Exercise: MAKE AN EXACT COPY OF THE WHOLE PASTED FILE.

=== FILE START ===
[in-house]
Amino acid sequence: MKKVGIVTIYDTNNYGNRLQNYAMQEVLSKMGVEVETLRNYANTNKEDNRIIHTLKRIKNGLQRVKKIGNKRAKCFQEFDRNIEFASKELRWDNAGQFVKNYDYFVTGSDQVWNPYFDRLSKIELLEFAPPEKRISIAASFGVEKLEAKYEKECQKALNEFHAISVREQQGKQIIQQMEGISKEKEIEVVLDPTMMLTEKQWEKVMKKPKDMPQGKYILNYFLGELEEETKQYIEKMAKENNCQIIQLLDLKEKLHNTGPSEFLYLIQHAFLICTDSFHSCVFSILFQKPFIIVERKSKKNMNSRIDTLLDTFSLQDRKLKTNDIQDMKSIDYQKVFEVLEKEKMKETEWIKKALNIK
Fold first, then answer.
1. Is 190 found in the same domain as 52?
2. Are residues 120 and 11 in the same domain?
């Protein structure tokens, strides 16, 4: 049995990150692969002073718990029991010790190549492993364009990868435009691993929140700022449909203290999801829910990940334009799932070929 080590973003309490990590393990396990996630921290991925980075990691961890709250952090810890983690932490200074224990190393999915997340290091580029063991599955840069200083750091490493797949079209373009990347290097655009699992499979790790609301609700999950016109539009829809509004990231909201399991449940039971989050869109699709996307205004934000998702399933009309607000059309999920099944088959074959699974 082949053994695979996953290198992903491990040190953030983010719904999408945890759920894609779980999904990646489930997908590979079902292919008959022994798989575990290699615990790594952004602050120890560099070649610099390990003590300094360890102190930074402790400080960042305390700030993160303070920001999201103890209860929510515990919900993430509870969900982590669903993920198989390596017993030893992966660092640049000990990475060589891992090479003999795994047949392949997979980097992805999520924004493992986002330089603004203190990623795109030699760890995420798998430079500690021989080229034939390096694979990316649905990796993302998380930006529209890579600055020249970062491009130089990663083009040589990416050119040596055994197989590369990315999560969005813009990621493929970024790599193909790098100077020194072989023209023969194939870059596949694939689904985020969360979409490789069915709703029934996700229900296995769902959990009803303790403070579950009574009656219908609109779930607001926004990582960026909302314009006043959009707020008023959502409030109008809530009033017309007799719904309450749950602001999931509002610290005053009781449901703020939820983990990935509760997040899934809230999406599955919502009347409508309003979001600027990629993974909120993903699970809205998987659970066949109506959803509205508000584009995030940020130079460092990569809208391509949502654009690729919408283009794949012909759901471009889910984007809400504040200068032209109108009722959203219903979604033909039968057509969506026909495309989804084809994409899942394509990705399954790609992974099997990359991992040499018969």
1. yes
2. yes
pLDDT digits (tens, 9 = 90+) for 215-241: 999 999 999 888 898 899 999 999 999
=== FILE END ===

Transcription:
[in-house]
Amino acid sequence: MKKVGIVTIYDTNNYGNRLQNYAMQEVLSKMGVEVETLRNYANTNKEDNRIIHTLKRIKNGLQRVKKIGNKRAKCFQEFDRNIEFASKELRWDNAGQFVKNYDYFVTGSDQVWNPYFDRLSKIELLEFAPPEKRISIAASFGVEKLEAKYEKECQKALNEFHAISVREQQGKQIIQQMEGISKEKEIEVVLDPTMMLTEKQWEKVMKKPKDMPQGKYILNYFLGELEEETKQYIEKMAKENNCQIIQLLDLKEKLHNTGPSEFLYLIQHAFLICTDSFHSCVFSILFQKPFIIVERKSKKNMNSRIDTLLDTFSLQDRKLKTNDIQDMKSIDYQKVFEVLEKEKMKETEWIKKALNIK
Fold first, then answer.
1. Is 190 found in the same domain as 52?
2. Are residues 120 and 11 in the same domain?
């Protein structure tokens, strides 16, 4: 049995990150692969002073718990029991010790190549492993364009990868435009691993929140700022449909203290999801829910990940334009799932070929 080590973003309490990590393990396990996630921290991925980075990691961890709250952090810890983690932490200074224990190393999915997340290091580029063991599955840069200083750091490493797949079209373009990347290097655009699992499979790790609301609700999950016109539009829809509004990231909201399991449940039971989050869109699709996307205004934000998702399933009309607000059309999920099944088959074959699974 082949053994695979996953290198992903491990040190953030983010719904999408945890759920894609779980999904990646489930997908590979079902292919008959022994798989575990290699615990790594952004602050120890560099070649610099390990003590300094360890102190930074402790400080960042305390700030993160303070920001999201103890209860929510515990919900993430509870969900982590669903993920198989390596017993030893992966660092640049000990990475060589891992090479003999795994047949392949997979980097992805999520924004493992986002330089603004203190990623795109030699760890995420798998430079500690021989080229034939390096694979990316649905990796993302998380930006529209890579600055020249970062491009130089990663083009040589990416050119040596055994197989590369990315999560969005813009990621493929970024790599193909790098100077020194072989023209023969194939870059596949694939689904985020969360979409490789069915709703029934996700229900296995769902959990009803303790403070579950009574009656219908609109779930607001926004990582960026909302314009006043959009707020008023959502409030109008809530009033017309007799719904309450749950602001999931509002610290005053009781449901703020939820983990990935509760997040899934809230999406599955919502009347409508309003979001600027990629993974909120993903699970809205998987659970066949109506959803509205508000584009995030940020130079460092990569809208391509949502654009690729919408283009794949012909759901471009889910984007809400504040200068032209109108009722959203219903979604033909039968057509969506026909495309989804084809994409899942394509990705399954790609992974099997990359991992040499018969």
1. yes
2. yes
pLDDT digits (tens, 9 = 90+) for 215-241: 999 999 999 888 898 899 999 999 999